From The Art and Popular Culture Encyclopedia
- "Dadaism was a queer special development of Symbolism. the writings of the Dadaist grew directly out of the Symbolist tradition, as their hoaxes and practical jokes recall the perverse non sequitur capers of Jules Laforgue's "Pierrot Fumiste" and Tristan Corbière's stroll in Rome with a mitre, a dress-suit and a pig." --Axel's Castle : A Study of the Imaginative Literature of 1870-1930 (1931) - Edmund Wilson
Dada or Dadaism is a cultural movement that began in neutral Zürich, Switzerland, during World War I and peaked from 1916 to 1920. The movement primarily involved visual arts, literature (poetry, art manifestoes, art theory), theatre, and graphic design, and concentrated its anti war politic through a rejection of the prevailing standards in art through anti-art cultural works. The movement was further characterized by nihilism, deliberate irrationality, disillusionment, cynicism, chance, randomness, and the rejection of the prevailing standards in art.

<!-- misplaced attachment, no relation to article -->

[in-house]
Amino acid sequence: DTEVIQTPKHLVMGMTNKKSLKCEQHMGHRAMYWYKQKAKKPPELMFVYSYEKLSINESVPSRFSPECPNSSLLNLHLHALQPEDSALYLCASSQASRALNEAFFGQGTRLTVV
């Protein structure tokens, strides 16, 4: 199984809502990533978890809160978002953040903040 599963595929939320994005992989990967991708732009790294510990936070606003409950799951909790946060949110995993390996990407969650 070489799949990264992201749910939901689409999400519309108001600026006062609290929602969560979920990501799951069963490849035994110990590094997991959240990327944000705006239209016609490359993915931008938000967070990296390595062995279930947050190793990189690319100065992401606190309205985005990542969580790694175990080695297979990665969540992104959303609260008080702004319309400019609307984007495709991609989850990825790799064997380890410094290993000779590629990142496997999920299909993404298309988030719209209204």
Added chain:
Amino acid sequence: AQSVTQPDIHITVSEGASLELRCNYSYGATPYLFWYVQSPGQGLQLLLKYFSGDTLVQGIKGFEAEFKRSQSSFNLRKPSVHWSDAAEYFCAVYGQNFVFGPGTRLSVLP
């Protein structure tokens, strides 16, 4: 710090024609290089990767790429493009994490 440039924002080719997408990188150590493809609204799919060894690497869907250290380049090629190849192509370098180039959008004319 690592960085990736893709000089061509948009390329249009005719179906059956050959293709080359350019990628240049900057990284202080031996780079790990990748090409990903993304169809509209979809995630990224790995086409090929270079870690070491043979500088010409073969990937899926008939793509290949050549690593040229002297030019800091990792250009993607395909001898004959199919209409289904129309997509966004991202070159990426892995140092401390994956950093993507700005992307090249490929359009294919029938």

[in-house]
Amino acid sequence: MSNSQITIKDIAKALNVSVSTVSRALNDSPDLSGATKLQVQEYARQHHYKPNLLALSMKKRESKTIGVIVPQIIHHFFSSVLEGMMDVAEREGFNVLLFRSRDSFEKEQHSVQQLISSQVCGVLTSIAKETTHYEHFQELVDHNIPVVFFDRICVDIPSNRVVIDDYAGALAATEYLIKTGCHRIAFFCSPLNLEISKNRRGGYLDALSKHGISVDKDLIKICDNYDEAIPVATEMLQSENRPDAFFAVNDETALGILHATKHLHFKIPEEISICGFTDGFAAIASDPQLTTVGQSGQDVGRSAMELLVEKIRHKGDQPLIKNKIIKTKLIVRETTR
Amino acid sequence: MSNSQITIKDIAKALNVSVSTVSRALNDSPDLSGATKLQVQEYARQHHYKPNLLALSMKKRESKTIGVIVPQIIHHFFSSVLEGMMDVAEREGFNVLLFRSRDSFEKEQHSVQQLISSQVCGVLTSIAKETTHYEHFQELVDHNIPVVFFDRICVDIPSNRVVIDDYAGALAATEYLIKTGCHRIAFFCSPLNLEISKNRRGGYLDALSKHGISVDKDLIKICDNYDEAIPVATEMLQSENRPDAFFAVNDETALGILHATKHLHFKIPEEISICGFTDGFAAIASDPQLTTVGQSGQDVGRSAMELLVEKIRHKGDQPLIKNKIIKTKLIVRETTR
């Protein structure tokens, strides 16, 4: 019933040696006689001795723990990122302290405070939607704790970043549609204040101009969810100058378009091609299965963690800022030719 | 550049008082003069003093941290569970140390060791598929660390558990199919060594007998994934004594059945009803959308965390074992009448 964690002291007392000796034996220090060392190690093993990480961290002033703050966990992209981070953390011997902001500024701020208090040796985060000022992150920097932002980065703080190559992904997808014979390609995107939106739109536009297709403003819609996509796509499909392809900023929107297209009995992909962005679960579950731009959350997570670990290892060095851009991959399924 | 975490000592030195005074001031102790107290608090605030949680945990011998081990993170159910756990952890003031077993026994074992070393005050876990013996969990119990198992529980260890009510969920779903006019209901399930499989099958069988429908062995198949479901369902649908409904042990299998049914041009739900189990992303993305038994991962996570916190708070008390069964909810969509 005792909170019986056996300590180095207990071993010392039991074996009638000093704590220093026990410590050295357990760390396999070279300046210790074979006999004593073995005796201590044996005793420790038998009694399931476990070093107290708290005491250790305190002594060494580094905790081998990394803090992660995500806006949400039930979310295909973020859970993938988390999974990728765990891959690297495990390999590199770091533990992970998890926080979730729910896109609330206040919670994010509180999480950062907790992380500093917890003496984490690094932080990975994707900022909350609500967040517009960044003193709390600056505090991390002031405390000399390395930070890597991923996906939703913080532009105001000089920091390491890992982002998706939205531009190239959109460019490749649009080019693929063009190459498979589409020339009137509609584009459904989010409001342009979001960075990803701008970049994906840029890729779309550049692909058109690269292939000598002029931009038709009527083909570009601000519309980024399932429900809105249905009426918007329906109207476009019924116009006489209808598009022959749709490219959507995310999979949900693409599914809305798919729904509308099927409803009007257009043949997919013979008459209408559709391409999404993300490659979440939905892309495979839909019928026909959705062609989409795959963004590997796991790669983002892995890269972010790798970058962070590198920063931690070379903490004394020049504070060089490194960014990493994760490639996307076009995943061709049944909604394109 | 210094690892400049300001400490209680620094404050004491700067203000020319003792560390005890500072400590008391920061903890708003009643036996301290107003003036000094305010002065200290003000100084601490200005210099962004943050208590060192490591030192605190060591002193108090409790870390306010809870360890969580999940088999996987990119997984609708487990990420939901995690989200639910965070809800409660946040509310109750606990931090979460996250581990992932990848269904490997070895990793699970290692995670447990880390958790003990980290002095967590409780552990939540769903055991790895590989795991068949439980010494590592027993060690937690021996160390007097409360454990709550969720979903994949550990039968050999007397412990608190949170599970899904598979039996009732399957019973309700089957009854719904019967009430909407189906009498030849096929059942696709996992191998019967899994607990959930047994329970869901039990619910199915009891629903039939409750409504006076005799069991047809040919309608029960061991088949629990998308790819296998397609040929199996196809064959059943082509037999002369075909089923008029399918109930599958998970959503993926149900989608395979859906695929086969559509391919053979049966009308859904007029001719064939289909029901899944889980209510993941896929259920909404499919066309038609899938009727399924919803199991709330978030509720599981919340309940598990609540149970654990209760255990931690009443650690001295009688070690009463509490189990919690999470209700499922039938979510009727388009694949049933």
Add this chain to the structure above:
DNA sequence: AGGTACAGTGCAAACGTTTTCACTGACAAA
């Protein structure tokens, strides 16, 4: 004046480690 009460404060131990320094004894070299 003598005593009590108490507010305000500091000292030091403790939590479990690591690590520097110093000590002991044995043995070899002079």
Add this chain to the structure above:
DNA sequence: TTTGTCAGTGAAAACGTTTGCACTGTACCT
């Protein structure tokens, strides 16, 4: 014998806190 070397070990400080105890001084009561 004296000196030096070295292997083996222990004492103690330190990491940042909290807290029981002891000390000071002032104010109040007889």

Dada activities included public gatherings, demonstrations, and publication of art/literary journals. Passionate coverage of art, politics, and culture filled their publications. The movement influenced later styles, movements, and groups including Surrealism, Pop Art and Fluxus.
Poetry; music and sound
Dada was not confined to the visual and literary arts; its influence reached into sound and music. Kurt Schwitters developed what he called sound poems and composers such as Erwin Schulhoff, Hans Heusser and Albert Savinio wrote Dada music, while members of Les Six collaborated with members of the Dada movement and had their works performed at Dada gatherings. The above mentioned Erik Satie dabbled with Dadaist ideas throughout his career although he is primarily associated with musical Impressionism.
In the very first Dada publication, Hugo Ball describes a "balalaika orchestra playing delightful folk-songs." African music and jazz was common at Dada gatherings, signaling a return to nature and naive primitivism.